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Peer-to-Peer?

Kofi Annan is trying to "reform" the U.N. Commission on Human Rights. His plan will only make matters worse.

12:00 AM, Aug 29, 2005 • By DAVID A. SCHWARZ
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UN REFORM - ANOTHER GRAND ILLUSION?

THIS SEPTEMBER, the United Nation's 2005 World Summit will debate "an achievable set of proposals," submitted by Secretary General Kofi Annan, to reform the U.N.'s core functions in the areas of economic development, security, and the protection of human rights. The characterization of the reforms as "achievable" is ominous, given that most member states are not particularly interested in fundamental change at Turtle Bay. Worse, the proposed reforms--which include the expansion of the Security Council--may weaken the organization's ability to condemn aggression, or to intercede with peacekeeping forces to prevent another Rwanda or Sudan.

Take, for example, the proposed "reform" of the U.N. Commission on Human Rights. Once dubbed the "conscience of the United Nations," that Commission has become a cruel joke--a point even Annan concedes, albeit in guarded diplomatic parlance. To get the punch line, one need only consider the current composition of the Commission, which includes six nations on Freedom House's list of the ten most repressive regimes in the world.

ANNAN PROPOSES TO REPLACE the 53-member Commission with a smaller "Human Rights Council," akin in stature to the Security Council, or, if that won't fly, as a subsidiary of the General Assembly. In addition to being a "standing body," able "to meet regularly and at any time to deal with imminent crises and allow for timely and in-depth consideration of human rights issues," the Council would undertake a function not expressly accorded to the Commission: A "peer review" of the human rights practices of all U.N. member states.

The word "peer" usually connotes someone or something of equal worth, quality, or characteristics. In Annan's locution, however, "peer" countries need share only a single, least common denominator: basic territorial sovereignty. Indeed, Annan appears to contemplate no higher standard than that even for members of the new Human Rights Council itself. The "peer review" scrutiny he proposes will not be a test of admission to the Council. To the contrary, the same despotic regimes which populate the current Commission on Human Rights will be eligible for election to the successor Human Rights Council, where they will ever after sit in judgment on their democratic "peers"--while voting as a bloc to shade the scope and extent of any inquiry into their own domestic depredations.

THEN THERE IS THE PERENNIAL QUESTION concerning which human rights the Council should be monitoring. Annan proposes that the Council will "evaluate the fulfillment by all States of all their human rights obligations," with "equal attention" to the "entire spectrum of human rights," including such economic, social, and cultural rights as the "right to development." For decades, the asserted parity of economic goals and political and civil liberties has been a convenient way for despots to justify oppression in order to provide basic social services, or for third-world nations to demand massive redistribution of wealth from industrialized nations, under the guise of a "right to development."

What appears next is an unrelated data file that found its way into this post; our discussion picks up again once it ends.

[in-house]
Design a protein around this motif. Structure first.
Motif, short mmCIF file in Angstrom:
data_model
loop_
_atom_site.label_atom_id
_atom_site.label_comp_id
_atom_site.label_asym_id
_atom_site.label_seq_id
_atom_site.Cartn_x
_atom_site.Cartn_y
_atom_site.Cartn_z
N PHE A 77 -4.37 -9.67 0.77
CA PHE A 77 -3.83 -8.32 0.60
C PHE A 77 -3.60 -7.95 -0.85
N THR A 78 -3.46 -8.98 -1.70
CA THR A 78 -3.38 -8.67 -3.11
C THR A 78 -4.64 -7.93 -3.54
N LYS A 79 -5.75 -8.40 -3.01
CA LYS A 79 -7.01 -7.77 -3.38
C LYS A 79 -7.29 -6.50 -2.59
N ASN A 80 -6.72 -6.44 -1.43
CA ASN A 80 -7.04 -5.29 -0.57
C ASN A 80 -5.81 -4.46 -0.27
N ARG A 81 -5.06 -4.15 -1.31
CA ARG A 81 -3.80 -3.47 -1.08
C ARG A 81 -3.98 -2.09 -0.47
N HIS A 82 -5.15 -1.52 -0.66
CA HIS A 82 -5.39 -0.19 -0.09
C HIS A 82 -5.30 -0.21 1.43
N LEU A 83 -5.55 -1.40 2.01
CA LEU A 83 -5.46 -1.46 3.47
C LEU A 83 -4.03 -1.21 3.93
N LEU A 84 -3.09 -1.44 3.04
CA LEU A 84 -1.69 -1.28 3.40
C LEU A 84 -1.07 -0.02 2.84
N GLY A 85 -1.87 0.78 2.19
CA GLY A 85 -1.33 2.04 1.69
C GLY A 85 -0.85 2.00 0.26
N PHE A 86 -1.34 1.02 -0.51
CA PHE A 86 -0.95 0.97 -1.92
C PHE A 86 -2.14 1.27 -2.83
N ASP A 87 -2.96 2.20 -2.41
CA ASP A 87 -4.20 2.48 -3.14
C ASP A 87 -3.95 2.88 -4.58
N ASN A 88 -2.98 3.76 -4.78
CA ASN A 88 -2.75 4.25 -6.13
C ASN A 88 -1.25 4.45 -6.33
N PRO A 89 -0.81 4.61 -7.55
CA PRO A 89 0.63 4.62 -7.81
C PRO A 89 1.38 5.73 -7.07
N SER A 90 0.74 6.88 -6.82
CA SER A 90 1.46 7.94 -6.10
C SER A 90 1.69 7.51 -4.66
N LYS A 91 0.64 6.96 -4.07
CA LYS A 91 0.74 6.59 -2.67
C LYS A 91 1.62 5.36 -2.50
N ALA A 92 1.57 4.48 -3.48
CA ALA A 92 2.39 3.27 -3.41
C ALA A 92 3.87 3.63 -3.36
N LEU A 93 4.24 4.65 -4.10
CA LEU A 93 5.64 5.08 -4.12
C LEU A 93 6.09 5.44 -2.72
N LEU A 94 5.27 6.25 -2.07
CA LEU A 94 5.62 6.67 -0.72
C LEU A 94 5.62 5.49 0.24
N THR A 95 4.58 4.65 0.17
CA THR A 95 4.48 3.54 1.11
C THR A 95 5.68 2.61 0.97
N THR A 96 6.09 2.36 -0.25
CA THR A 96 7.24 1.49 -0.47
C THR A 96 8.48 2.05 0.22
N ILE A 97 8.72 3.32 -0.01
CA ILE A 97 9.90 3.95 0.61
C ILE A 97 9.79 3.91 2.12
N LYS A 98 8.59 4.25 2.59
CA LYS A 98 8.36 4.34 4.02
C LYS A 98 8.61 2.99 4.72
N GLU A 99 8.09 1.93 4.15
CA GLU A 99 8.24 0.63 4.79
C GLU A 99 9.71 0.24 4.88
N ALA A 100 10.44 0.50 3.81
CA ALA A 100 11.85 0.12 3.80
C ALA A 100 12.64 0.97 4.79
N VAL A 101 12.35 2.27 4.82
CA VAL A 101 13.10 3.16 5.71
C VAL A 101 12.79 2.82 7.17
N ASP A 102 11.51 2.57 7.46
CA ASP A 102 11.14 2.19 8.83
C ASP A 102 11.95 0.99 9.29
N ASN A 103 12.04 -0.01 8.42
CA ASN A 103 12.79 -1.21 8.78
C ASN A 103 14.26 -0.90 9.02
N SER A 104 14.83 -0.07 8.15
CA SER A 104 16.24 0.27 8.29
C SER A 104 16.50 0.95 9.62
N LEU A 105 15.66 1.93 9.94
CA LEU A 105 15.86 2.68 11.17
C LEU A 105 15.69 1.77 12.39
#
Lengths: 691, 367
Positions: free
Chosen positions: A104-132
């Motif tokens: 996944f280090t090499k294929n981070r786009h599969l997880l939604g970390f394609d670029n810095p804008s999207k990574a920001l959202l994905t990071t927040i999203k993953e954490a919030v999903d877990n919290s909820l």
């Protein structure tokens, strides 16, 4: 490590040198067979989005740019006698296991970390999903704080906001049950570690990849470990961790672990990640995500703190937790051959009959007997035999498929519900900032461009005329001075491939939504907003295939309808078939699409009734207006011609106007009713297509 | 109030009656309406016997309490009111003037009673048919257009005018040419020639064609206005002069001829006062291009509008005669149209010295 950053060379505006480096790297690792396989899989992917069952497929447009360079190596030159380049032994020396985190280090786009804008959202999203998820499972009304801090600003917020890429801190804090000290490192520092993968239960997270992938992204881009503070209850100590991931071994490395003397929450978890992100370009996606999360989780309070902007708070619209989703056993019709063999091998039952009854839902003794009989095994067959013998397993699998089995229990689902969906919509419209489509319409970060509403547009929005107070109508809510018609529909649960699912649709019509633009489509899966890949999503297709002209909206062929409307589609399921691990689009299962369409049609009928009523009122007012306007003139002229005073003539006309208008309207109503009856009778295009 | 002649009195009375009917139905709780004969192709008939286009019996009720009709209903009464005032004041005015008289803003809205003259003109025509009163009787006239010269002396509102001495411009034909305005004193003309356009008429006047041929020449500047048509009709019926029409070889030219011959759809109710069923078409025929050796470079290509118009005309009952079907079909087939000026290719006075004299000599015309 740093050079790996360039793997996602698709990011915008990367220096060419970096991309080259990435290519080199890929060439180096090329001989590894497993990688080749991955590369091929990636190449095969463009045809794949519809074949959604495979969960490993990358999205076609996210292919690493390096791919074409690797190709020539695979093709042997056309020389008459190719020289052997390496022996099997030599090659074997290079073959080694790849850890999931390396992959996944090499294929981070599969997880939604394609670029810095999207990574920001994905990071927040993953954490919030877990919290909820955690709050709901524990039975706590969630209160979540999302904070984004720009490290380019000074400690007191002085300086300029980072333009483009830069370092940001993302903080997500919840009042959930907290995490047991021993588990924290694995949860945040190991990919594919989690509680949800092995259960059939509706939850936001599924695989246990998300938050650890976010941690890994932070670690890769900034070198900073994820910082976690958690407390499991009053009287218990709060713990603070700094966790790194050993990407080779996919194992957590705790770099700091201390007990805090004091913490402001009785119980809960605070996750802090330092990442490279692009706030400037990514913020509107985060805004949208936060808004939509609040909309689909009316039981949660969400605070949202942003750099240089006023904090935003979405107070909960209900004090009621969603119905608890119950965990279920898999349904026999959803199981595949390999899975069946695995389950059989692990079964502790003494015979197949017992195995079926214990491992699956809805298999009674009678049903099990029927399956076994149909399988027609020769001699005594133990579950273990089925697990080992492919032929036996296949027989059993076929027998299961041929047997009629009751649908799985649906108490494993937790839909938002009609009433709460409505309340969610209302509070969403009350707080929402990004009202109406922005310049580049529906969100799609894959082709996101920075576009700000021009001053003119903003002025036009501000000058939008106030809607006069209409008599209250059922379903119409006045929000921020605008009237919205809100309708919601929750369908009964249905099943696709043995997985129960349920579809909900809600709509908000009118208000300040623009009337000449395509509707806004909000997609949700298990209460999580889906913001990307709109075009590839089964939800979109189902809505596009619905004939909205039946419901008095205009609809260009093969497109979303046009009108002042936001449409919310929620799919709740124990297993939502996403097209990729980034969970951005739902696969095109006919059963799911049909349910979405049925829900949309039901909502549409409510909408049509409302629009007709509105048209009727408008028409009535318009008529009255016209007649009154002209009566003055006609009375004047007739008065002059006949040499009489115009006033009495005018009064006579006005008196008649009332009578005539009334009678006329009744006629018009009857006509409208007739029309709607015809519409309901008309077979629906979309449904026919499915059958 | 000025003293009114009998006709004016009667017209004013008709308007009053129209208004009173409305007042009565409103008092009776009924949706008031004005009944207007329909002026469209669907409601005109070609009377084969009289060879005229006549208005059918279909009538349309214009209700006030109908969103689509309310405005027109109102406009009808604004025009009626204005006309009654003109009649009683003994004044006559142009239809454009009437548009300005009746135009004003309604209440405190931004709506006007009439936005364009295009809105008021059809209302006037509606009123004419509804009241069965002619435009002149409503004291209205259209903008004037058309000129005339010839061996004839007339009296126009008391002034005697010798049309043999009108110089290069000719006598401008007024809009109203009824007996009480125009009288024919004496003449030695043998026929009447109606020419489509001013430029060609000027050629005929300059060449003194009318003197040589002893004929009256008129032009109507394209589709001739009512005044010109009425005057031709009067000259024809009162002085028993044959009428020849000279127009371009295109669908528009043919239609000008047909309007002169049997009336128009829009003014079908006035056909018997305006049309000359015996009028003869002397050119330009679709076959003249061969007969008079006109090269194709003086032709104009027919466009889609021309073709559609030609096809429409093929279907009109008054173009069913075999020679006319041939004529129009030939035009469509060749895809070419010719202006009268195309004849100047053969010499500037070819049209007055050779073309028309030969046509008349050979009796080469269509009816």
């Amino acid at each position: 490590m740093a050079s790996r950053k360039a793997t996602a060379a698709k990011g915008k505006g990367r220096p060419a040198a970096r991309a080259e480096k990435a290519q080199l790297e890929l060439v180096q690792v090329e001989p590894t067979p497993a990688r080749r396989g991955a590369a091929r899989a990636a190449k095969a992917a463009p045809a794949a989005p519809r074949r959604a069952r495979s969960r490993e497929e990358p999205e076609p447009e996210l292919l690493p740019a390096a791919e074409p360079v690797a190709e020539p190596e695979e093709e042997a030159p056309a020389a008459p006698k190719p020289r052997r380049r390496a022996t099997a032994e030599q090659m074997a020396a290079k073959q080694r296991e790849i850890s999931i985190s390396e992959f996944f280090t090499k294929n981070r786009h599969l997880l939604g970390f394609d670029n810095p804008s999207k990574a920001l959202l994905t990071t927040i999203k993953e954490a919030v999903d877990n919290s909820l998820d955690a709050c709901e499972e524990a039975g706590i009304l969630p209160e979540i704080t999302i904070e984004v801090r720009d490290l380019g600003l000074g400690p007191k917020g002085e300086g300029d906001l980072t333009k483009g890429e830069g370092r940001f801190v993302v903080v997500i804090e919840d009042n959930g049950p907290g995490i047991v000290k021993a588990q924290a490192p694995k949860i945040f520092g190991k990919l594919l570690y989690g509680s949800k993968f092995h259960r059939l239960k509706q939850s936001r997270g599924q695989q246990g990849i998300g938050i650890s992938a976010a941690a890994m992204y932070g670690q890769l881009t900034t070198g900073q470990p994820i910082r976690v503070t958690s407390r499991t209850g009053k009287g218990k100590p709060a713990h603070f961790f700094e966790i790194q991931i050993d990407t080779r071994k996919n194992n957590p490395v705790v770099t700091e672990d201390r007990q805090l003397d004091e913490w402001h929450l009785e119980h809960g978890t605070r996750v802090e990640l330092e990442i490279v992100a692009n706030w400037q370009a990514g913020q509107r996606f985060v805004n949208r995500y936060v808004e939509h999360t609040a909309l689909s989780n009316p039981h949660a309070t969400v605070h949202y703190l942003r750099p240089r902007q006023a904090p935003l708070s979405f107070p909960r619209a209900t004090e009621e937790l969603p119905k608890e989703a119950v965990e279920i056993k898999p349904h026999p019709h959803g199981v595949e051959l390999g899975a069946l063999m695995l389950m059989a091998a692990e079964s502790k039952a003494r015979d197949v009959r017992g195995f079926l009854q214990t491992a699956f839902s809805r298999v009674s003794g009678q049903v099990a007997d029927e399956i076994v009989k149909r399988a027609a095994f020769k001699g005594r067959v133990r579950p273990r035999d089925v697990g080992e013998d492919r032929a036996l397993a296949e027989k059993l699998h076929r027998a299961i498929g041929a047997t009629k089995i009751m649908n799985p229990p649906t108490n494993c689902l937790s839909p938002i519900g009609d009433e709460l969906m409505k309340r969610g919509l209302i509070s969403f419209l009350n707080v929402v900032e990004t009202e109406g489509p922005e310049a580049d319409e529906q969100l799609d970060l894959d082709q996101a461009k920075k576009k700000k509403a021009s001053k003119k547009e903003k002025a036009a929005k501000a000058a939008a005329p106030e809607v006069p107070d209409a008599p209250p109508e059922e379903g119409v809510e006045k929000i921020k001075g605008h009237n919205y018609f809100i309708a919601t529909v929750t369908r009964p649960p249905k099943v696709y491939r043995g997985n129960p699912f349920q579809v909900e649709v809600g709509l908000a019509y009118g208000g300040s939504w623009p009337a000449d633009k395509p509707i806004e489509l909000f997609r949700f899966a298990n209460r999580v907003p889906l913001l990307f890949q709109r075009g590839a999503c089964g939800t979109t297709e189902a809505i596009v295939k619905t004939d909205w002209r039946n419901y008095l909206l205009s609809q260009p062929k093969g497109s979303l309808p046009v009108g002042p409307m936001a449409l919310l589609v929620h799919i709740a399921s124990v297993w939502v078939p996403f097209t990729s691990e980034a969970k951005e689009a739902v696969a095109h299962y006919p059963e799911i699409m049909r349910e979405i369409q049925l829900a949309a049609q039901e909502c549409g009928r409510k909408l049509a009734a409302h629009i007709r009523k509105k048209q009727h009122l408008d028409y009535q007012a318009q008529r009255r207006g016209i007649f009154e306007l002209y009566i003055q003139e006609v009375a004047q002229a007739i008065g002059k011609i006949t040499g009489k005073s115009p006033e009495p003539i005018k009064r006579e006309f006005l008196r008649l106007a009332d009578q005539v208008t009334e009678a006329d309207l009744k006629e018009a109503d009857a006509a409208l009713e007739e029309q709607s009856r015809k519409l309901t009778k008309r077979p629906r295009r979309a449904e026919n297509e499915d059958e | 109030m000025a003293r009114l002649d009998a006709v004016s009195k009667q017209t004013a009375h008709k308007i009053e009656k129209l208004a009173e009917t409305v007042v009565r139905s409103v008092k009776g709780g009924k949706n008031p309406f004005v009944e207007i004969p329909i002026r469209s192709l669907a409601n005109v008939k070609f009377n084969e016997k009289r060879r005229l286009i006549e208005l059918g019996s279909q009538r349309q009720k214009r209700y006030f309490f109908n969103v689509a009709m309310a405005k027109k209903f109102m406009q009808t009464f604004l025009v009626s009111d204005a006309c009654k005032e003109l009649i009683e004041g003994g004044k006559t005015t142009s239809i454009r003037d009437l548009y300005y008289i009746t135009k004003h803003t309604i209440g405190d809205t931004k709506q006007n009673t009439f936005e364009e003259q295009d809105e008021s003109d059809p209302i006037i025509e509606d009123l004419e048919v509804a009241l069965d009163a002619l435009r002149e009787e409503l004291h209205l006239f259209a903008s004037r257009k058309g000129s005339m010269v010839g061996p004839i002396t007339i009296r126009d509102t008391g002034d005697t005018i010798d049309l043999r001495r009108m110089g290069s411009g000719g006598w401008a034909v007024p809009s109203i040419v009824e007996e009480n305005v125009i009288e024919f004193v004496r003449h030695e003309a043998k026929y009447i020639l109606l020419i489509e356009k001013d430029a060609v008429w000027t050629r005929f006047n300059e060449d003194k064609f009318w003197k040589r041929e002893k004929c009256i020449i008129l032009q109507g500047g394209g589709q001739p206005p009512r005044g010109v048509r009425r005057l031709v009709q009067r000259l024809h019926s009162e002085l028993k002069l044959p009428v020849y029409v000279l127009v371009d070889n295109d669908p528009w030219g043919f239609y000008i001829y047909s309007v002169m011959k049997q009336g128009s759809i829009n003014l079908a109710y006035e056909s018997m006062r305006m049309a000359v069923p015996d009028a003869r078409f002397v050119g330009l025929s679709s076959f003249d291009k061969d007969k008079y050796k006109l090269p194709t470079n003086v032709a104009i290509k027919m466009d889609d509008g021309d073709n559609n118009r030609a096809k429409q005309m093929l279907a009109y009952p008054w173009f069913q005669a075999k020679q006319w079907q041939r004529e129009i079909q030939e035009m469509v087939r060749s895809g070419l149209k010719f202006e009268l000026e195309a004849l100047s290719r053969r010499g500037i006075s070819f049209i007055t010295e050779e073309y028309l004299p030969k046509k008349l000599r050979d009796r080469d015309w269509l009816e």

Annan's peer review expressly codifies the moral equivalence between economic goals and political and civil rights. This should be deeply troubling to the U.S. delegation. For years, the United States has argued that any U.N. body charged with monitoring human rights should focus on the most egregious cases of abuse. Instead, the Commission has traditionally frittered away its energies and influence on items more appropriate to an aid conference, such as debt relief, "cultural rights," and the "right to education." Under Annan's prescription, the new Council would likely do the same.

UNDER ANNAN'S PROPOSAL the Council would retain some ability to "take action when serious human rights situations develop," but the only such "action" he specifies is the "option to adopt specific country resolutions" to address "urgent situations." That option, unfortunately, is one the Commission on Human Rights already enjoys. And it has generally been used in a highly selective manner, most often to single out Israel.

More typically, the only "action" taken by the Commission is a "no action" motion, a procedural gambit to block an up or down vote on country-specific resolutions. This year the Commission was unable to muster a majority of its members to condemn gross human-rights violations in North Korea. No resolution on Zimbabwe was offered, because it was clear that there weren't sufficient votes for a censure. Even when a truly "urgent" situation has arisen--such as the death and dispossession of millions in the Darfur region--the Commission has largely ducked the issue. Under Annan's proposal, country-specific resolutions in the new Council will likely suffer much the same fate.